Principle of Waqf

What is Waqf?

In Arabic language the word "Waqf" or "Habs" means to stop or hold. Technically, waqf refers to making a property invulnerable to any disposition that leads to transfer of ownership and donating the benefit of that property to beneficiaries. In this regard, waqf can be described as the confinement of a property (movable or immovable) by a donor(s) and the dedication of its use and benefits in perpetuity for the well-being of society over generations.

As a continuous charitable contribution given away for goodwill, waqf is a binding commitment and once created, must stay permanent. This inherent perpetuity gives waqf the flexibility to accommodate the changing needs of society over time.

Why Waqf?

Waqf has been, throughout centuries, one of the cornerstones of the Islamic economic system. It provided education, health services, water, travelers' lodges, clinics and hospitals, environmental protection, mosques, schools, universities, and other public utilities.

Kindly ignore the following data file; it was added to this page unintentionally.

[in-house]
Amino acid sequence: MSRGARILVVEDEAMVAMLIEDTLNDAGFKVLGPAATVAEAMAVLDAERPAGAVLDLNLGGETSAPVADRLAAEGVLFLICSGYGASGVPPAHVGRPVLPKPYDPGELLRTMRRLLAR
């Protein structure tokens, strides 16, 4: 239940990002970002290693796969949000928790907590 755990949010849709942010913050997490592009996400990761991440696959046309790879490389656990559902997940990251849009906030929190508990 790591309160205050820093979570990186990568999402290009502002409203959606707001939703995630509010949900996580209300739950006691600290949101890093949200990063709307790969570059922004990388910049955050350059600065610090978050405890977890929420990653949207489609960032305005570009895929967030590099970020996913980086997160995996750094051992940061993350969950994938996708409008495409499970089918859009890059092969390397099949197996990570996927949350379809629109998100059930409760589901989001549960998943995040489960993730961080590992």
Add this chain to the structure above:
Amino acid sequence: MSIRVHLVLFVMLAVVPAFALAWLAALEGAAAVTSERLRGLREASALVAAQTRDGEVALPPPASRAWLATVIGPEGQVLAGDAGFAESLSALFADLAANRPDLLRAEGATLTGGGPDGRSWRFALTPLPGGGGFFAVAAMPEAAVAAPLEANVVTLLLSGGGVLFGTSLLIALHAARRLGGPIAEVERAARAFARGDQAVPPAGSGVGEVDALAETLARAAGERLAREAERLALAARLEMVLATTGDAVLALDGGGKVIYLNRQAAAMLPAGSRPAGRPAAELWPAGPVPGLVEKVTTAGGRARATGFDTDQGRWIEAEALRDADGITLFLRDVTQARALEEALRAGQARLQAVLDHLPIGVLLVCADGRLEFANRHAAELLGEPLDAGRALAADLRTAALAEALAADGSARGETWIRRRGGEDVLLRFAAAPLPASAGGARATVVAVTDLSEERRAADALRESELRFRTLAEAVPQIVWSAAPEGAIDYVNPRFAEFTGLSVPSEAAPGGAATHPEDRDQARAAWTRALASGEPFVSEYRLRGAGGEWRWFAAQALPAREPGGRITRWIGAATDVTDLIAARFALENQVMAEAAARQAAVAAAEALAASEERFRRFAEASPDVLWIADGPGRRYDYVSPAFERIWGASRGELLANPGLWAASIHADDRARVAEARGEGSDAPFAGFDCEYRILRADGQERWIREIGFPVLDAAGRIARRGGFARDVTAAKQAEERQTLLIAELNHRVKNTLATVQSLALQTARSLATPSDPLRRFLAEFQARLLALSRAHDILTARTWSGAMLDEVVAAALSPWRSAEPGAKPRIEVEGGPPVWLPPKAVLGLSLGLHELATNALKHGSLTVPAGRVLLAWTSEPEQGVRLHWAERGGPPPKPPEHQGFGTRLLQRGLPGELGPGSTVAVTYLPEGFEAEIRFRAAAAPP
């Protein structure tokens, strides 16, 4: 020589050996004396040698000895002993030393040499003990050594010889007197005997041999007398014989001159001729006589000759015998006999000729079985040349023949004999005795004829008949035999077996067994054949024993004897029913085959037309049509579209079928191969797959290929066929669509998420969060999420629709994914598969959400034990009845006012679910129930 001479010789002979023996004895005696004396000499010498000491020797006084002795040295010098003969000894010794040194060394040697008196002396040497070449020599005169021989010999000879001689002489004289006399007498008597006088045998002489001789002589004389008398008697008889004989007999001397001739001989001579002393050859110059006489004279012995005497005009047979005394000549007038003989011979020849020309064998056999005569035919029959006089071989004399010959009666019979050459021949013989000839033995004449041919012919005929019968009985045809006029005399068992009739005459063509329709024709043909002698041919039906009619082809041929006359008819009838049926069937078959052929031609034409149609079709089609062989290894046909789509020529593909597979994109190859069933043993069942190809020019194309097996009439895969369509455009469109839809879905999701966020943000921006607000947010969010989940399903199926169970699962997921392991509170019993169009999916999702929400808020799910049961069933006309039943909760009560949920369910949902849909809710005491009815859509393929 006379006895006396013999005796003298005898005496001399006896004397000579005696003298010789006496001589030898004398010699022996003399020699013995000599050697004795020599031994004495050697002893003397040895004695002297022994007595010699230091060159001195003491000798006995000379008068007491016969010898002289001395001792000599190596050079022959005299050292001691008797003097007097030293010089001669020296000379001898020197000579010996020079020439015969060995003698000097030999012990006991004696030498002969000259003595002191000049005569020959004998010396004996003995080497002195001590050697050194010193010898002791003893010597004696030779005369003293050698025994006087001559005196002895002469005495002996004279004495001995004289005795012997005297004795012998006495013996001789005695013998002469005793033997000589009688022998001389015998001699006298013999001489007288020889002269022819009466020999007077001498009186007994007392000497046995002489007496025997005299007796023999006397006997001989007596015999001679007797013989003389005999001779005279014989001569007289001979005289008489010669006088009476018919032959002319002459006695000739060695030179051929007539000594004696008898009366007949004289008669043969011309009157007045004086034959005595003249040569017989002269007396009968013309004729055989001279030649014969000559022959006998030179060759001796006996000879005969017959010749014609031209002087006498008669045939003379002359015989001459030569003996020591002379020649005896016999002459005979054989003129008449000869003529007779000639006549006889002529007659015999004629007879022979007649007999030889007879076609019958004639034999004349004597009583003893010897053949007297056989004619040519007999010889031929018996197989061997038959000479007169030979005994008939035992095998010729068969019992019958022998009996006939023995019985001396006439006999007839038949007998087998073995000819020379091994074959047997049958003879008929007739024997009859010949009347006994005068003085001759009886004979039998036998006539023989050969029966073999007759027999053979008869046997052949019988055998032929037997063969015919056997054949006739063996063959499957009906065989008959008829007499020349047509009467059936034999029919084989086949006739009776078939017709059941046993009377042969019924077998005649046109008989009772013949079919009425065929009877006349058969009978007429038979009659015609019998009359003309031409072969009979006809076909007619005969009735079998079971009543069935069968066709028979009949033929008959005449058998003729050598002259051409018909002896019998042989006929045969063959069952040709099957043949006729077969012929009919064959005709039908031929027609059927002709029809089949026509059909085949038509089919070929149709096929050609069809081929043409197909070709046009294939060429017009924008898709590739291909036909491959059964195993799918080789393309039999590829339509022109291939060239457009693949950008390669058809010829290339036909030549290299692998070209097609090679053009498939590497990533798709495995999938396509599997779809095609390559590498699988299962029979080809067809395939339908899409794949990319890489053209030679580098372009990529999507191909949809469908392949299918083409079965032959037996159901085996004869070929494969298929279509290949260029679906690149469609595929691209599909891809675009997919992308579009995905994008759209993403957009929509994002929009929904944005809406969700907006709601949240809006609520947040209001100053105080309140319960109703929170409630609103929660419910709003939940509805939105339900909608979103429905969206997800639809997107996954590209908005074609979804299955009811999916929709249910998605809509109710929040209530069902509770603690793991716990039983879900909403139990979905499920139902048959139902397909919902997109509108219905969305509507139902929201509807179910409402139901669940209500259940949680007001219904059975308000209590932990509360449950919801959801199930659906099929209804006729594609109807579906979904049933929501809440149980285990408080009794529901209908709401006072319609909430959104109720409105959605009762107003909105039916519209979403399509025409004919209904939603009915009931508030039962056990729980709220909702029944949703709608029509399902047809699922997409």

Prophet Muhammad p.b.u.h. had in one of the famous hadith narrated by Abu Hurairah r.a. (Riwayat Imam Muslim), "When the son of Adam dies, his actions come to an end except for three; sadaqah jariyah (ongoing charity - waqf), knowledge which brought benefit and a pious child who makes supplication for him."

From the perspective of Islamic society, Waqf is seen as an essential pillar of the religious, social, cultural, scientific, economic and political life of society, which will eventually lead to sustainable development. Waqf is seen as a long-term investment into the overall community with continued benefits. Finally, with successful implementation of waqf, both society empowerment and poverty alleviation will be achieved.